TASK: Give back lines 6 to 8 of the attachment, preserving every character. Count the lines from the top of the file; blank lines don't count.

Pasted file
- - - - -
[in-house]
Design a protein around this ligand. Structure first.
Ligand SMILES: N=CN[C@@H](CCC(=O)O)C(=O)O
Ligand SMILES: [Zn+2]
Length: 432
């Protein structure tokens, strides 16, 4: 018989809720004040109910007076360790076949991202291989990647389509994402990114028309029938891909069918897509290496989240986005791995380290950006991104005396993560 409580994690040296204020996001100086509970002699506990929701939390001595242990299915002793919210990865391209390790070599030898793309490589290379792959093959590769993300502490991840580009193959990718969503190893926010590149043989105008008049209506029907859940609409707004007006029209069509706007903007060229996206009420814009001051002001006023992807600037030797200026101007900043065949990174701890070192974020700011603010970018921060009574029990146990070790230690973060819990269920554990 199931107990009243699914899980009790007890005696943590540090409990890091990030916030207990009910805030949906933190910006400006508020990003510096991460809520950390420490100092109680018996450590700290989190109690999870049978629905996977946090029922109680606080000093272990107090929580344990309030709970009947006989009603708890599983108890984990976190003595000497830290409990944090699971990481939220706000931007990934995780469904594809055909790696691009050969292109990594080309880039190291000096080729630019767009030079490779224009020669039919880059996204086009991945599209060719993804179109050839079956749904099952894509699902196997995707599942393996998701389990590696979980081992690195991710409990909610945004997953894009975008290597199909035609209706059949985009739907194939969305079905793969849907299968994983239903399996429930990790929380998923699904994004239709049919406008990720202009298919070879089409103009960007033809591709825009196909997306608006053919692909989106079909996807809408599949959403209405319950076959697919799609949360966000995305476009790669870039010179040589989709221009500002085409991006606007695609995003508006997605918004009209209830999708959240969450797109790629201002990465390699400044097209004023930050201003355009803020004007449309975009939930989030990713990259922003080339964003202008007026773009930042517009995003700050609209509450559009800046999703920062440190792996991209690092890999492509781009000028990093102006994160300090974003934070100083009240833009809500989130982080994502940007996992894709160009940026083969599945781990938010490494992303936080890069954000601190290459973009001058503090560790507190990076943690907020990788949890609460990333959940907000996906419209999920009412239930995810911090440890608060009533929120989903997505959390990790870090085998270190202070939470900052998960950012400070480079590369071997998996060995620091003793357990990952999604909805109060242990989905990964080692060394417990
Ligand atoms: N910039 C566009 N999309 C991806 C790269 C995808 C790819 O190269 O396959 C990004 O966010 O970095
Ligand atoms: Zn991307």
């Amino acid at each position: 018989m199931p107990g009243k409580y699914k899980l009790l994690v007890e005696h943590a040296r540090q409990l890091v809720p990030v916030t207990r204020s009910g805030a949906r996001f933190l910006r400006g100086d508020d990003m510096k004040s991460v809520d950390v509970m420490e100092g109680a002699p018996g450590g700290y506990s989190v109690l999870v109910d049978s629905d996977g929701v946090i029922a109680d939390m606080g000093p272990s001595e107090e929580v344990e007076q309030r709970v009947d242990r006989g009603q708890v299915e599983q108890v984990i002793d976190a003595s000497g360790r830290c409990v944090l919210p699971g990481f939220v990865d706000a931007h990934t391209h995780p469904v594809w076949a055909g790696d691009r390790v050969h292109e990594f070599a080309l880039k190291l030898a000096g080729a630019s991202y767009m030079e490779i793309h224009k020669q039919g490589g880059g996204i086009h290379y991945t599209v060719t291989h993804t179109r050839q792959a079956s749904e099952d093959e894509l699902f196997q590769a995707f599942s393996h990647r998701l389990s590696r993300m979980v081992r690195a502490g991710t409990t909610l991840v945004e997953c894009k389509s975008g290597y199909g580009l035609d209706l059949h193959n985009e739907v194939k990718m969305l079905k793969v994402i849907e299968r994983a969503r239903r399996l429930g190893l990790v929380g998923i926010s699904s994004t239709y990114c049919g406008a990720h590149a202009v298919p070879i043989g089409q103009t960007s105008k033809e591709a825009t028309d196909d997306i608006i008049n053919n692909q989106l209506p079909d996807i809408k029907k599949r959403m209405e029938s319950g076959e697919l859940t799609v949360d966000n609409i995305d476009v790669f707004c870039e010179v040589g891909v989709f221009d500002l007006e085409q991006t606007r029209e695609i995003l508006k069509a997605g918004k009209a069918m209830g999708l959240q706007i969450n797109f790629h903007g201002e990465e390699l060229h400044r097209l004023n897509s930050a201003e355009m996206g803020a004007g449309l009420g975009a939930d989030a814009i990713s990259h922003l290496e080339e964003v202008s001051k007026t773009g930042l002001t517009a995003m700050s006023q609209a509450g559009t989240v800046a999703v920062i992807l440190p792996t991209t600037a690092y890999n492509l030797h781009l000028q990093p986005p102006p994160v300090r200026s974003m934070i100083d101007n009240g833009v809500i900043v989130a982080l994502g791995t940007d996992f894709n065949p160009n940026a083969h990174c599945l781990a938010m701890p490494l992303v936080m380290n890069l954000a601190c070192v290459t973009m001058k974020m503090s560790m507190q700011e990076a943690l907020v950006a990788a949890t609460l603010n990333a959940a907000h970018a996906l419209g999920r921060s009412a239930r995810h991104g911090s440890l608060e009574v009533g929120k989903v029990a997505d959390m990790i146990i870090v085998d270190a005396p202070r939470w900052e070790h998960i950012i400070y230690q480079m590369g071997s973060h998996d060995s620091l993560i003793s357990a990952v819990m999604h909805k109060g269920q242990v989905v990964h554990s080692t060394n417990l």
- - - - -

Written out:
């Protein structure tokens, strides 16, 4: 018989809720004040109910007076360790076949991202291989990647389509994402990114028309029938891909069918897509290496989240986005791995380290950006991104005396993560 409580994690040296204020996001100086509970002699506990929701939390001595242990299915002793919210990865391209390790070599030898793309490589290379792959093959590769993300502490991840580009193959990718969503190893926010590149043989105008008049209506029907859940609409707004007006029209069509706007903007060229996206009420814009001051002001006023992807600037030797200026101007900043065949990174701890070192974020700011603010970018921060009574029990146990070790230690973060819990269920554990 199931107990009243699914899980009790007890005696943590540090409990890091990030916030207990009910805030949906933190910006400006508020990003510096991460809520950390420490100092109680018996450590700290989190109690999870049978629905996977946090029922109680606080000093272990107090929580344990309030709970009947006989009603708890599983108890984990976190003595000497830290409990944090699971990481939220706000931007990934995780469904594809055909790696691009050969292109990594080309880039190291000096080729630019767009030079490779224009020669039919880059996204086009991945599209060719993804179109050839079956749904099952894509699902196997995707599942393996998701389990590696979980081992690195991710409990909610945004997953894009975008290597199909035609209706059949985009739907194939969305079905793969849907299968994983239903399996429930990790929380998923699904994004239709049919406008990720202009298919070879089409103009960007033809591709825009196909997306608006053919692909989106079909996807809408599949959403209405319950076959697919799609949360966000995305476009790669870039010179040589989709221009500002085409991006606007695609995003508006997605918004009209209830999708959240969450797109790629201002990465390699400044097209004023930050201003355009803020004007449309975009939930989030990713990259922003080339964003202008007026773009930042517009995003700050609209509450559009800046999703920062440190792996991209690092890999492509781009000028990093102006994160300090974003934070100083009240833009809500989130982080994502940007996992894709160009940026083969599945781990938010490494992303936080890069954000601190290459973009001058503090560790507190990076943690907020990788949890609460990333959940907000996906419209999920009412239930995810911090440890608060009533929120989903997505959390990790870090085998270190202070939470900052998960950012400070480079590369071997998996060995620091003793357990990952999604909805109060242990989905990964080692060394417990
Ligand atoms: N910039 C566009 N999309 C991806 C790269 C995808 C790819 O190269 O396959 C990004 O966010 O970095
Ligand atoms: Zn991307």